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How to achieve global ERP

Rick Veague | Nov. 17, 2011
In today's rapidly changing and globalized business environment, even traditional mid-market companies are becoming global enterprises -- but without the large IT organizations and structures of traditional, large scale multi-nationals.

Sometimes the ideal solution may turn out to be a single data center with a couple different databases but one application code where you can handle different divisions or collections of divisions that have radically different data models and are difficult to consolidate on the database level. But at the very least, the goal ought to be consolidating down to a very small number of databases and data models and a single application instance -- or a couple application instances at most -- that support all of your different operations.

The biggest challenges turn out to be not difficulties with hardware or software, but rather with the people involved in the process. Five to 10 years ago, when we talked a lot about global single instance, the technology was there to support it, but only in major cities in developed countries around the world. While it requires careful planning, at this point it is fairly certain that a company can get the bandwidth with maximum latencies required to connect users from wherever they are in the world. Certain parts of the developing world still have some challenges with connectivity, but most locations where a company might set up a distribution hub or a manufacturing facility, or where a sales manager may need to access customer relationship management (CRM) software are adequately served.

Regional barriers including multiple languages, time zones, currencies and units of measure are typically handled effectively by a modern enterprise software product. There may be limits to the number of languages and currencies supported by some products, and that ought to be a factor in selecting ERP for a global instance. But the primary barriers to this high level of global consolidation have to do with people rather than technology.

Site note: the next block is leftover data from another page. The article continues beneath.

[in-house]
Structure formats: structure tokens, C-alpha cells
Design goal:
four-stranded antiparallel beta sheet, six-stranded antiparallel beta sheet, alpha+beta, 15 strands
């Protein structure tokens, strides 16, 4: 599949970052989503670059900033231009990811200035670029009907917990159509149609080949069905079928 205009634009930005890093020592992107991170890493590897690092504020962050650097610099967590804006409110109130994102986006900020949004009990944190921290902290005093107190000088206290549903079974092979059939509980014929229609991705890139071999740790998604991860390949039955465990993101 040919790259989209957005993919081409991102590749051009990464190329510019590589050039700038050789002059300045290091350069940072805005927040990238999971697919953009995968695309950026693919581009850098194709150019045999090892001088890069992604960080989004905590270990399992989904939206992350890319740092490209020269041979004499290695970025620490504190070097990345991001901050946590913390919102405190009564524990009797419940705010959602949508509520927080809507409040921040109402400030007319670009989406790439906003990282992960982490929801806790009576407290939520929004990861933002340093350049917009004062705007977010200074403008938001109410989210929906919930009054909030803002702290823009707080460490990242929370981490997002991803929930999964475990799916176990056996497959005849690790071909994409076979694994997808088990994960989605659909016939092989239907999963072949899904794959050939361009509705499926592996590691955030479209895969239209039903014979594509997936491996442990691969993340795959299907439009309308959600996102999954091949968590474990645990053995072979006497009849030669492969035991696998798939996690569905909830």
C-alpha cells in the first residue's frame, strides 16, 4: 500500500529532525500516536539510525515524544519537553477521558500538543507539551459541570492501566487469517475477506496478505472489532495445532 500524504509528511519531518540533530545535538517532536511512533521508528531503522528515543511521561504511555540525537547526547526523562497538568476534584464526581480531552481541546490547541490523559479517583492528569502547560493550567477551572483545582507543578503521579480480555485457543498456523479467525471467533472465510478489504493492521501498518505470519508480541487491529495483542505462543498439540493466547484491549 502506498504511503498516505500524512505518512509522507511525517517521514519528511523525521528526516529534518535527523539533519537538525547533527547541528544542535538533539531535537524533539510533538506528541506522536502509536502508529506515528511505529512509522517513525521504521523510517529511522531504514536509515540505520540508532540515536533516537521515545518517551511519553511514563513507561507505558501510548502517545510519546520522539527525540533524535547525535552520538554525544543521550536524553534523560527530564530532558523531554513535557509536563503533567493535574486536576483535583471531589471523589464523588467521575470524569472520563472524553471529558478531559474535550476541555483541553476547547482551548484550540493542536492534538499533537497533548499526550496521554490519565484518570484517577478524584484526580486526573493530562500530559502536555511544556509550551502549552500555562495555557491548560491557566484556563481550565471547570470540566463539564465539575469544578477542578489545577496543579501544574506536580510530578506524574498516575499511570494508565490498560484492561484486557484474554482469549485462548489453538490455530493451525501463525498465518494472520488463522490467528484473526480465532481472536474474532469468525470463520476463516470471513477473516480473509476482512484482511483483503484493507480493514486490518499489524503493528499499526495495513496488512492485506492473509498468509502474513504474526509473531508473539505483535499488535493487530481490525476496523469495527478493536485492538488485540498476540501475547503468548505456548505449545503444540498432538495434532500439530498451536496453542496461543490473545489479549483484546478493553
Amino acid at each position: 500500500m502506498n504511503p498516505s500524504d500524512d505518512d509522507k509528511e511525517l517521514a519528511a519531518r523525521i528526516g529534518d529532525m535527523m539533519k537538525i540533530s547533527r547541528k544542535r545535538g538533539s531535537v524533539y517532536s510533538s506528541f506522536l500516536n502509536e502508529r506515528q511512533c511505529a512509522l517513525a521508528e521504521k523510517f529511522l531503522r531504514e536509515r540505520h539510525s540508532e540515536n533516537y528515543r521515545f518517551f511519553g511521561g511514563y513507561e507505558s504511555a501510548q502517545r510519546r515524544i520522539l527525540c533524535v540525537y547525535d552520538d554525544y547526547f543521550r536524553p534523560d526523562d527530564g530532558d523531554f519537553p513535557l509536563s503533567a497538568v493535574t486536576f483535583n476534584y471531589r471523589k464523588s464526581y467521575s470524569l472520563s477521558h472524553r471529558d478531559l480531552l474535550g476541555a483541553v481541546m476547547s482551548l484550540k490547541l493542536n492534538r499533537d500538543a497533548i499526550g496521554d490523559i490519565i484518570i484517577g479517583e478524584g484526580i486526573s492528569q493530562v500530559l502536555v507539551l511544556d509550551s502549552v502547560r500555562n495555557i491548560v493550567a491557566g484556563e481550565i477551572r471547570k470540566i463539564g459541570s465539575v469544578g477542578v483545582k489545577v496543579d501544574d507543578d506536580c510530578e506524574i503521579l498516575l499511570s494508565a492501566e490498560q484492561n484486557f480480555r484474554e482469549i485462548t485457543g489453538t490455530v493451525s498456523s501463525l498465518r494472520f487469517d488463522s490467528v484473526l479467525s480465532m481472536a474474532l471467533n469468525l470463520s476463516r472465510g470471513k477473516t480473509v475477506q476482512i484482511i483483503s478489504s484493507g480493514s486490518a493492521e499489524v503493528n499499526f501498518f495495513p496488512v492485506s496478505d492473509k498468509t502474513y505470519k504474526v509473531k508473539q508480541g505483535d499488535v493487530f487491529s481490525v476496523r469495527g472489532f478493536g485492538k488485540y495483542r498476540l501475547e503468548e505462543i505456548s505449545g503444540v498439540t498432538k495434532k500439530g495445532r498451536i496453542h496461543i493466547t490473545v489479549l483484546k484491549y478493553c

One concern is whether or not all of your different divisions can agree on a common set of standards like product nomenclature, customer naming conventions, customer views and credit management policies across different divisions around the world. As you move into a single data model, each entity has some ability to make adjustments to deal with their regional issues, but fundamentally, you are dealing with similar processes and a common set of master data. From a business standpoint, this can be a very positive thing, but each division may find it unappealing to, for instance, renumber hundreds or thousands of parts or restructure some of their supply chain or remanufacturing data to comply with a new corporate data standard.

Other impediments are inherent in how the different divisions or entities want to use the software. Most software today like IFS Applications is highly configurable and flexible, and can be modeled to conform to various business processes within an operating unit. But there is often a limit to how much variability you can achieve with a single instance of an application. That means that achieving global ERP requires overcoming some resistance to change, overcoming resistance to commonality. All of these are management problems rather than software problems, so they can be overcome by a strong ERP project team that has solid management backing.

 

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